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Cardiovascular disease is the number one cause of death of people living in the United States (US). Having elevated (abnormal) triglyceride levels may contribute to atherosclerosis, which increases the risk of cardiovascular disease. The US Food and Drug Administration has approved the use of a drug to reduce the risk of cardiovascular events in adults who have elevated triglyceride levels.
The drug, called Vascepa (icosapent ethyl), reduces blood triglyceride levels by one-third when accompanied by low-fat, low-cholesterol dietary modification. It has been shown to reduce the rate of heart attacks, strokes, and other cardiovascular events by 25 percent compared to a placebo.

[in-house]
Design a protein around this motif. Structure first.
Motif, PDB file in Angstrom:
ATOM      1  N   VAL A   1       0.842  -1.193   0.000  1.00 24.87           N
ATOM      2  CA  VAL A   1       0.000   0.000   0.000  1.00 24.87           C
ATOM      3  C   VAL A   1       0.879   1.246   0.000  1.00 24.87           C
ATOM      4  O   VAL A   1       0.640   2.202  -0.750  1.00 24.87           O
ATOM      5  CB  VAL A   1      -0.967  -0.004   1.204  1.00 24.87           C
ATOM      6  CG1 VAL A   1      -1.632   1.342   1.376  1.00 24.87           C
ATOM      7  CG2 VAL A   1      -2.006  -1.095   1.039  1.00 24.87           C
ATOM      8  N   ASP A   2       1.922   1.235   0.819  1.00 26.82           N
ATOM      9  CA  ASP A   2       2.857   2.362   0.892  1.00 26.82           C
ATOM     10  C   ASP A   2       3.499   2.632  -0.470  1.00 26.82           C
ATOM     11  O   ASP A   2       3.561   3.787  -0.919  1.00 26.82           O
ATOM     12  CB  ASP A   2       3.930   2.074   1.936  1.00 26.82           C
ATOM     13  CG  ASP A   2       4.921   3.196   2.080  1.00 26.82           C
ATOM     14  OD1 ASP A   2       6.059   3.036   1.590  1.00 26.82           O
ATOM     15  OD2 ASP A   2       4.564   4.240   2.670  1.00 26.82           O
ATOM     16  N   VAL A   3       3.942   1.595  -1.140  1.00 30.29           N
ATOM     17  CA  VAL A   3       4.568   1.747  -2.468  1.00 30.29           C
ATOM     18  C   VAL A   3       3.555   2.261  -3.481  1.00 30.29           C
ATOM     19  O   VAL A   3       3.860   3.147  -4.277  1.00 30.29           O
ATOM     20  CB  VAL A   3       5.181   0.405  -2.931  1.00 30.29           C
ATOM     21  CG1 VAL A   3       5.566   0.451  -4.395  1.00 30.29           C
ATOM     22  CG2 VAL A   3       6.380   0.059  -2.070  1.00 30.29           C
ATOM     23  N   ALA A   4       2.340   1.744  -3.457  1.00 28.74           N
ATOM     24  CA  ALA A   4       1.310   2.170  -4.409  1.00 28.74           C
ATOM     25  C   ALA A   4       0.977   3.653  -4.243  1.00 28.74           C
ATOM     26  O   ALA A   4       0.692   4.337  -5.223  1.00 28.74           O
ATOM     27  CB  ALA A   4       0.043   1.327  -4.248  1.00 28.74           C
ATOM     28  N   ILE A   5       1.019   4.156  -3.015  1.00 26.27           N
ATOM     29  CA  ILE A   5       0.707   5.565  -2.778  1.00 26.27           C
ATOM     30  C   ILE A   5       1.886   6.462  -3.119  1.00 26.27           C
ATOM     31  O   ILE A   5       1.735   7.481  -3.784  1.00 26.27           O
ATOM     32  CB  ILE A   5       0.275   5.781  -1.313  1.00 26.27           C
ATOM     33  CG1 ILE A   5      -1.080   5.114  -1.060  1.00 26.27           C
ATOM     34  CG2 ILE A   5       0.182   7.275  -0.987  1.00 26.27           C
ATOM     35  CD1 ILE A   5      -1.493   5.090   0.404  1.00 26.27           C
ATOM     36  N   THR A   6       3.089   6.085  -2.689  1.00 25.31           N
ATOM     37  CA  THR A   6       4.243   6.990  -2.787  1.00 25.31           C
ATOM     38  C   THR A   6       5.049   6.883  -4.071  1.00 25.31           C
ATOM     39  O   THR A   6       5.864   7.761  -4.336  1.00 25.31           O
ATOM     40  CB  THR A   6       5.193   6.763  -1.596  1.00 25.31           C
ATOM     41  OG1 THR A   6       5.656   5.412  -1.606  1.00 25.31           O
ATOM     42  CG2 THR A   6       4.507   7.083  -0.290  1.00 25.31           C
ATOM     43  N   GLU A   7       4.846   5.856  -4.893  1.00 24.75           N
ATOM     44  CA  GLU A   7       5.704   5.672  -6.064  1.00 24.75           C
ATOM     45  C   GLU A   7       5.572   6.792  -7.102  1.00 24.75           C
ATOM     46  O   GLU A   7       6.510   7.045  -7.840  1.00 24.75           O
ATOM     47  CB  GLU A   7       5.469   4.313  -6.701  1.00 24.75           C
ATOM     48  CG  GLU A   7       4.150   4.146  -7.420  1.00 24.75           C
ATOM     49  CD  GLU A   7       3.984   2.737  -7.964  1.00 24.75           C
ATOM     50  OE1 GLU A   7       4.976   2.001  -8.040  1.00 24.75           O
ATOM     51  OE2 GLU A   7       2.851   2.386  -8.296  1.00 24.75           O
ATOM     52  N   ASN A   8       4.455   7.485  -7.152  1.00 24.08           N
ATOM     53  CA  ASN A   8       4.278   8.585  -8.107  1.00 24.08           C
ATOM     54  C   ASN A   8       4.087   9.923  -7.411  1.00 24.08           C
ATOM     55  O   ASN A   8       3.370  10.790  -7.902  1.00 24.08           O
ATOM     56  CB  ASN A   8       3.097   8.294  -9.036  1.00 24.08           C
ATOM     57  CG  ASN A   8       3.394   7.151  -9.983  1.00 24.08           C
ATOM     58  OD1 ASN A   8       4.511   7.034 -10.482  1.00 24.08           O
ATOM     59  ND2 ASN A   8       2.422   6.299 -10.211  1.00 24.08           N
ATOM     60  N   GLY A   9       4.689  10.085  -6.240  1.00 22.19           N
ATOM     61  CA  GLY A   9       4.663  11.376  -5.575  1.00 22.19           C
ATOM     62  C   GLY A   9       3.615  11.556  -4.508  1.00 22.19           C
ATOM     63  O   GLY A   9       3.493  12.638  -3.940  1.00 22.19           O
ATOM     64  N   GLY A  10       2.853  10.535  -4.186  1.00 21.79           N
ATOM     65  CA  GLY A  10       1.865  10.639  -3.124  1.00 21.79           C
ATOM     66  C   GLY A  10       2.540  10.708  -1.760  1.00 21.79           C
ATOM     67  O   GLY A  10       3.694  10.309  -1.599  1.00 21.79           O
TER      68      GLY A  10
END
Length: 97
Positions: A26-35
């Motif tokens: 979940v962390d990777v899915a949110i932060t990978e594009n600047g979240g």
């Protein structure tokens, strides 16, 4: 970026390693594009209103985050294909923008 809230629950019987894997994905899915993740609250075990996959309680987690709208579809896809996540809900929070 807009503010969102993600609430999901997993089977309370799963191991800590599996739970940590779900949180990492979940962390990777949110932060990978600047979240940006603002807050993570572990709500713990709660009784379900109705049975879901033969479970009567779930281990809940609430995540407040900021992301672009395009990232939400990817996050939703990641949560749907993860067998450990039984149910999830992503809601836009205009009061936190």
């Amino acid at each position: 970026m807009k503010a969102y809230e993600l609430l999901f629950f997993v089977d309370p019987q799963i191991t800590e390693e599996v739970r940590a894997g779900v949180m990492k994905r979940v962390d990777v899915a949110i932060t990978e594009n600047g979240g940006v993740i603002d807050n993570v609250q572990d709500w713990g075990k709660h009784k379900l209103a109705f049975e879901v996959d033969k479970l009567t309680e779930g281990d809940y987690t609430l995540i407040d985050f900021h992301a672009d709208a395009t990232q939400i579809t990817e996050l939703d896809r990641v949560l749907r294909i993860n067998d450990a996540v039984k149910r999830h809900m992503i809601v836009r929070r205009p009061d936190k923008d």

Candidates for Vascepa therapy must have triglyceride levels of 150 milligrams per deciliter or higher. They should also have established cardiovascular disease or type 2 diabetes and two or more additional cardiovascular disease risk factors.
The active ingredient in Vascepa is eicosapentaenoic acid, a type of omega-3 fatty acid derived from fish oil. The drug, which is taken orally, has demonstrated a safety profile similar to placebos. Adverse events associated with Vascepa include atrial fibrillation and increased risk of bleeding. People who are allergic to fish or shellfish may be at risk for allergic reactions to Vascepa.